Saturday, 10 July 2010
The inevitable sequel followed in 1991, though pleasingly it was a worthy follow-up. It didn't match the first film, but nonetheless it was an enjoyable romp and further developed the alien predators, providing a more substantial glimpse of the creatures' culture and their strange codes of honour (not to mention throwing in the odd geek reference, like the alien skull in the predators' spaceship).
Frustratingly, despite the potential scope for further films (the first two movies barely scratch the surface of predator culture) the pickings for fans of the franchise over the next twenty years were slim indeed: the painfully mediocre Aliens Vs Predator in 2004 and the laughably terrible Aliens Vs Predator: Requiem in 2007 offered next to nothing in terms of further development of the species.
But in Predators, fans of the franchise have finally got a film worthy of the two original movies.
Like its predecessors, the new installment in the series has a simple premise: seven strangers from a variety of backgrounds (mostly military) find themselves on an alien world with no idea of how they got there, or why. When it swiftly becomes apparent that something is hunting them, they're forced to work together in order to try and survive. Naturally, all sorts of mayhem ensues.
Predators has been called a 'reboot' of the series, and while I'm not overly keen on the term, it's certainly true in the sense that this film takes the franchise back to its roots - hunters and hunted, locked in a desperate struggle in a jungle environment. This is one of the most pleasing aspects about Predators: that it pays homage to the first film in a number of ways (the music and sound effects are deliberately very reminiscent of the original movie, while certain lines of dialogue are also borrowed - as is one entire scene which is clearly a nod to a moment in Predator).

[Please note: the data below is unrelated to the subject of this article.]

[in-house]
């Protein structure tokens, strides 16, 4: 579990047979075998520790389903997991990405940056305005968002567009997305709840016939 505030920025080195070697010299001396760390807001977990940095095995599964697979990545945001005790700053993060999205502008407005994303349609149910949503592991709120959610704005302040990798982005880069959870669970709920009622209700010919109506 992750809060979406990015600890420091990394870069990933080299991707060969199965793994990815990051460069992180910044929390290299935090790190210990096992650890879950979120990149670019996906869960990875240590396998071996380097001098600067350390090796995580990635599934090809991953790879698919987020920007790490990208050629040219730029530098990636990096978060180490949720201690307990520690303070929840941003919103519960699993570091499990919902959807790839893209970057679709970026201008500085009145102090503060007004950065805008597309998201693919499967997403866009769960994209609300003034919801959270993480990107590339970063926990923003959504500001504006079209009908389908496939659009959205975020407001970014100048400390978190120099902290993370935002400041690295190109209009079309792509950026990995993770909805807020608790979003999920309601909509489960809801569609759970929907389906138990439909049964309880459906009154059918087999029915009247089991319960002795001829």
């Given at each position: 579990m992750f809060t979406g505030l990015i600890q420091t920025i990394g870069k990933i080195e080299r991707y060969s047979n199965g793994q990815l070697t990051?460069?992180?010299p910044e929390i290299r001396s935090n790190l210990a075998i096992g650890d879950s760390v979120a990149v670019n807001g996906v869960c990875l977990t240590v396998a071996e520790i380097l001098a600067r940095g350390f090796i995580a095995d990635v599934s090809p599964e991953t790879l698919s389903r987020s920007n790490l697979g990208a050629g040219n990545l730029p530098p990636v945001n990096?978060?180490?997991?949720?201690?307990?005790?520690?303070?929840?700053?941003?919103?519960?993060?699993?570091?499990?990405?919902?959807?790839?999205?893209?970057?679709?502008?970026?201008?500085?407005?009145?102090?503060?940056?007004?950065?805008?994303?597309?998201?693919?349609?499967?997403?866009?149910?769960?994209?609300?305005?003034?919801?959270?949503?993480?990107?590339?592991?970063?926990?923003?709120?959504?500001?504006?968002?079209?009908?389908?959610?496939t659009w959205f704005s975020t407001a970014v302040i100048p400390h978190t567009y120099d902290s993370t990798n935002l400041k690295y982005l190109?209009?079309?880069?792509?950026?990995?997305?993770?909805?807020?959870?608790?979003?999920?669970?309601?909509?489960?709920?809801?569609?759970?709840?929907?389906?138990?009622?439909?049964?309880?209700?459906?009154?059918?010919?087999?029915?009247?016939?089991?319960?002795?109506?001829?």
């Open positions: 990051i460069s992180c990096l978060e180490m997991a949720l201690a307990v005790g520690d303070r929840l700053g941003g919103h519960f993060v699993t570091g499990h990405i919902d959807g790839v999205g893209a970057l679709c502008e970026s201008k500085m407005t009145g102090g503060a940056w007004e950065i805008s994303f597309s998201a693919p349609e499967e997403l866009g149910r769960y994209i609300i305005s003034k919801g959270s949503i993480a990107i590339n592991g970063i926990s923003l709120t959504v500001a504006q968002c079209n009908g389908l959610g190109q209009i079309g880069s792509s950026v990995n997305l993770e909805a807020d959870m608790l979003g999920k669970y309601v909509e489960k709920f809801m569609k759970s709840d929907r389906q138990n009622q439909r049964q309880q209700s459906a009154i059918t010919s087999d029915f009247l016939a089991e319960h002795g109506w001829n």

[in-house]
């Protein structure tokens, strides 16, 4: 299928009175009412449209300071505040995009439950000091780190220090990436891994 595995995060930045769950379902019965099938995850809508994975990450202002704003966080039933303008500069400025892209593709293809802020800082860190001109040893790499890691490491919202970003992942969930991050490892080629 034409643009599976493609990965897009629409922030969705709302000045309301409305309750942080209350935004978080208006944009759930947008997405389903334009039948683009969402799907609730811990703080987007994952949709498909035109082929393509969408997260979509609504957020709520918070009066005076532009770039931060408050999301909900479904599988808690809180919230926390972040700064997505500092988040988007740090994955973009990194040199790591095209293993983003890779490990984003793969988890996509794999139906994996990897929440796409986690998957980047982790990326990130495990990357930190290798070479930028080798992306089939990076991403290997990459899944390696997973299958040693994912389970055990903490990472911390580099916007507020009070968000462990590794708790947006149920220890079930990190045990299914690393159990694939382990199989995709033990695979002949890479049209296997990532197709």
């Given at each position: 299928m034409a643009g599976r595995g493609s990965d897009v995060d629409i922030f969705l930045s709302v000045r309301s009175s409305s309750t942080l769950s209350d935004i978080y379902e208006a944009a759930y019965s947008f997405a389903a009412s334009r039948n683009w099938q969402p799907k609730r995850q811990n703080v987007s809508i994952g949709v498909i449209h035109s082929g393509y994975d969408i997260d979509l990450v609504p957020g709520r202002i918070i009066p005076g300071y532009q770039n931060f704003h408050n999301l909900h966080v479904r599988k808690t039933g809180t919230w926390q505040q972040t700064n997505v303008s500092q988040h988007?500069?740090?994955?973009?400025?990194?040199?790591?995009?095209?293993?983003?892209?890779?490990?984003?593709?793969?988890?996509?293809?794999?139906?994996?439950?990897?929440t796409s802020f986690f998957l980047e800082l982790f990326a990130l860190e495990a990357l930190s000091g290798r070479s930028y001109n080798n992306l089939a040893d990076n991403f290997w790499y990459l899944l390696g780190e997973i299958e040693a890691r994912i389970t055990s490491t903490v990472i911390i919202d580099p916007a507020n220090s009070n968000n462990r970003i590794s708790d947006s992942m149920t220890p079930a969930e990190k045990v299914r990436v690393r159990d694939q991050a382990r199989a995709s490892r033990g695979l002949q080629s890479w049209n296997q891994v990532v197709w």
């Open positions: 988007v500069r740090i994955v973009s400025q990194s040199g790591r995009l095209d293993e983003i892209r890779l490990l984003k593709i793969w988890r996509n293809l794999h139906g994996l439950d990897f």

One of Predator's strengths was the focus it placed on characterisation, and the same is true of this new installment. Although the results are admittedly somewhat mixed, there's enough depth here for the watcher to engage with. Adrien Brody - somewhat surprisingly, it must be said - is convincing as the brooding mercenary Royce, as is Alice Braga as an Israeli sharpshooter. There perhaps could have been more character development - the individuals' backstories are barely touched on - but of course this would have had to have been balanced against the film's pace, and the filmmakers have clearly plumped for pace and action, which is hard to argue with.
The predators of course, are the stars of the show: they've been given a 21st-century makeover, and are as fearsome as ever. The unnerving way they shimmer in and out of visibility never gets old, while the mask-and-dreadlocks image is as cool as ever. There's no serious revelations about them or their culture, but there are hints here and there - such as the fact that they sometimes turn on their own kind, which has never been alluded to before.
There are flaws of course; the dialogue is occasionally stiff and lacks the quotability of the original film (though it does have its moments), the plot itself isn't much of a departure from the film's predecessors (and is one of those plots you can pick holes in if you want to), and you can't help but feel that more could have been done with this bunch of misfits in terms of character development. Yet this is an action film, and to be fair it does the action part pretty darn well - there's plenty of exciting sequences, one or two twists, and overall it's a lot of fun.
And as always, the predators are very, very cool.